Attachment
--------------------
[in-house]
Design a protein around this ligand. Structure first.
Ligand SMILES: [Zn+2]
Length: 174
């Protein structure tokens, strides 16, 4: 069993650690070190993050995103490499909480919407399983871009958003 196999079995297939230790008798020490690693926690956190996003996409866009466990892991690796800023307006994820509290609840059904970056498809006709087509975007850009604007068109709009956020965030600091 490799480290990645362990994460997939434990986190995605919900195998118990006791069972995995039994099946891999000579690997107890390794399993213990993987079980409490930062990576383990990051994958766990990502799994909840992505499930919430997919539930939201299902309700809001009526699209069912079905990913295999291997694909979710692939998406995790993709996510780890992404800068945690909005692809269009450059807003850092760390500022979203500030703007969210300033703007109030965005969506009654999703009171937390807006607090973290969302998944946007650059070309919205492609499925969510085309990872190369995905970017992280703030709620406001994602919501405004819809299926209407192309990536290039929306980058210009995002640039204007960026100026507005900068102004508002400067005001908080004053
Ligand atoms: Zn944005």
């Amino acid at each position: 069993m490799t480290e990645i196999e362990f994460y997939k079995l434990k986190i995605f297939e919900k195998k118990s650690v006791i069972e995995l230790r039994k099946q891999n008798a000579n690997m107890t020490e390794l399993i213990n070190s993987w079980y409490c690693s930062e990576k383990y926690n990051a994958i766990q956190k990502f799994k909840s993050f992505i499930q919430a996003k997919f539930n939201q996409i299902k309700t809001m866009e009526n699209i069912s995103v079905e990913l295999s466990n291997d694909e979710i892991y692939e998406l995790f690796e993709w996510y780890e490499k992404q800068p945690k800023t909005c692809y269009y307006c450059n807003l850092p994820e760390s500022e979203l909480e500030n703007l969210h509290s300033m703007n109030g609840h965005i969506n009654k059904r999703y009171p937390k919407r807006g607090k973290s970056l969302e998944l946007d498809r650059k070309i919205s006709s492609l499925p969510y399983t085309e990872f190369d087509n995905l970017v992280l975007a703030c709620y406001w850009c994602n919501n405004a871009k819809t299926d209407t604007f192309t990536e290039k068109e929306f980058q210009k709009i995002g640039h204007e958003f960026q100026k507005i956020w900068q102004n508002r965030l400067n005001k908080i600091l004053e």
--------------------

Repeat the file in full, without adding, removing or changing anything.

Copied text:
[in-house]
Design a protein around this ligand. Structure first.
Ligand SMILES: [Zn+2]
Length: 174
């Protein structure tokens, strides 16, 4: 069993650690070190993050995103490499909480919407399983871009958003 196999079995297939230790008798020490690693926690956190996003996409866009466990892991690796800023307006994820509290609840059904970056498809006709087509975007850009604007068109709009956020965030600091 490799480290990645362990994460997939434990986190995605919900195998118990006791069972995995039994099946891999000579690997107890390794399993213990993987079980409490930062990576383990990051994958766990990502799994909840992505499930919430997919539930939201299902309700809001009526699209069912079905990913295999291997694909979710692939998406995790993709996510780890992404800068945690909005692809269009450059807003850092760390500022979203500030703007969210300033703007109030965005969506009654999703009171937390807006607090973290969302998944946007650059070309919205492609499925969510085309990872190369995905970017992280703030709620406001994602919501405004819809299926209407192309990536290039929306980058210009995002640039204007960026100026507005900068102004508002400067005001908080004053
Ligand atoms: Zn944005």
């Amino acid at each position: 069993m490799t480290e990645i196999e362990f994460y997939k079995l434990k986190i995605f297939e919900k195998k118990s650690v006791i069972e995995l230790r039994k099946q891999n008798a000579n690997m107890t020490e390794l399993i213990n070190s993987w079980y409490c690693s930062e990576k383990y926690n990051a994958i766990q956190k990502f799994k909840s993050f992505i499930q919430a996003k997919f539930n939201q996409i299902k309700t809001m866009e009526n699209i069912s995103v079905e990913l295999s466990n291997d694909e979710i892991y692939e998406l995790f690796e993709w996510y780890e490499k992404q800068p945690k800023t909005c692809y269009y307006c450059n807003l850092p994820e760390s500022e979203l909480e500030n703007l969210h509290s300033m703007n109030g609840h965005i969506n009654k059904r999703y009171p937390k919407r807006g607090k973290s970056l969302e998944l946007d498809r650059k070309i919205s006709s492609l499925p969510y399983t085309e990872f190369d087509n995905l970017v992280l975007a703030c709620y406001w850009c994602n919501n405004a871009k819809t299926d209407t604007f192309t990536e290039k068109e929306f980058q210009k709009i995002g640039h204007e958003f960026q100026k507005i956020w900068q102004n508002r965030l400067n005001k908080i600091l004053e």